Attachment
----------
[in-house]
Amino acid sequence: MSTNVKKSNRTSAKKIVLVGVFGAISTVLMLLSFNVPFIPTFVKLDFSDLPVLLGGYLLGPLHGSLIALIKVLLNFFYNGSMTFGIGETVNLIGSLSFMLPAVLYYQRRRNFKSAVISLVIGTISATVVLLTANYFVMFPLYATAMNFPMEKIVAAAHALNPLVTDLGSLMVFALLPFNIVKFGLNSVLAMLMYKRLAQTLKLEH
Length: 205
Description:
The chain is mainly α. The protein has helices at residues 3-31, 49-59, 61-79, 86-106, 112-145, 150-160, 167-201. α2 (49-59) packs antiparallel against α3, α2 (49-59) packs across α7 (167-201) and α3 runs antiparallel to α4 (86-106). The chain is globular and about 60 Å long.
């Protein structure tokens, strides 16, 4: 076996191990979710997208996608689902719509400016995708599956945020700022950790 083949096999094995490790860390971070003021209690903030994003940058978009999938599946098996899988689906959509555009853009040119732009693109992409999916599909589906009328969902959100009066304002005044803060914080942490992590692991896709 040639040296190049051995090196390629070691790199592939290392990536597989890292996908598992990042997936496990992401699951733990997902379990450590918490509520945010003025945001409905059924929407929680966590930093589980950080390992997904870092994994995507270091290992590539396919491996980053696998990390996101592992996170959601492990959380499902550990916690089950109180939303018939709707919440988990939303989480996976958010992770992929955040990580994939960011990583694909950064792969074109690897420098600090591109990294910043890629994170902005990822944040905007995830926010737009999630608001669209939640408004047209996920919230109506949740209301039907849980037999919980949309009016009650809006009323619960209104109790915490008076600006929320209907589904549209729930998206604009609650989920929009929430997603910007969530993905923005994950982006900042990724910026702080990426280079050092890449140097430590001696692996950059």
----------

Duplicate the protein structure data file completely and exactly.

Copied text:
[in-house]
Amino acid sequence: MSTNVKKSNRTSAKKIVLVGVFGAISTVLMLLSFNVPFIPTFVKLDFSDLPVLLGGYLLGPLHGSLIALIKVLLNFFYNGSMTFGIGETVNLIGSLSFMLPAVLYYQRRRNFKSAVISLVIGTISATVVLLTANYFVMFPLYATAMNFPMEKIVAAAHALNPLVTDLGSLMVFALLPFNIVKFGLNSVLAMLMYKRLAQTLKLEH
Length: 205
Description:
The chain is mainly α. The protein has helices at residues 3-31, 49-59, 61-79, 86-106, 112-145, 150-160, 167-201. α2 (49-59) packs antiparallel against α3, α2 (49-59) packs across α7 (167-201) and α3 runs antiparallel to α4 (86-106). The chain is globular and about 60 Å long.
């Protein structure tokens, strides 16, 4: 076996191990979710997208996608689902719509400016995708599956945020700022950790 083949096999094995490790860390971070003021209690903030994003940058978009999938599946098996899988689906959509555009853009040119732009693109992409999916599909589906009328969902959100009066304002005044803060914080942490992590692991896709 040639040296190049051995090196390629070691790199592939290392990536597989890292996908598992990042997936496990992401699951733990997902379990450590918490509520945010003025945001409905059924929407929680966590930093589980950080390992997904870092994994995507270091290992590539396919491996980053696998990390996101592992996170959601492990959380499902550990916690089950109180939303018939709707919440988990939303989480996976958010992770992929955040990580994939960011990583694909950064792969074109690897420098600090591109990294910043890629994170902005990822944040905007995830926010737009999630608001669209939640408004047209996920919230109506949740209301039907849980037999919980949309009016009650809006009323619960209104109790915490008076600006929320209907589904549209729930998206604009609650989920929009929430997603910007969530993905923005994950982006900042990724910026702080990426280079050092890449140097430590001696692996950059």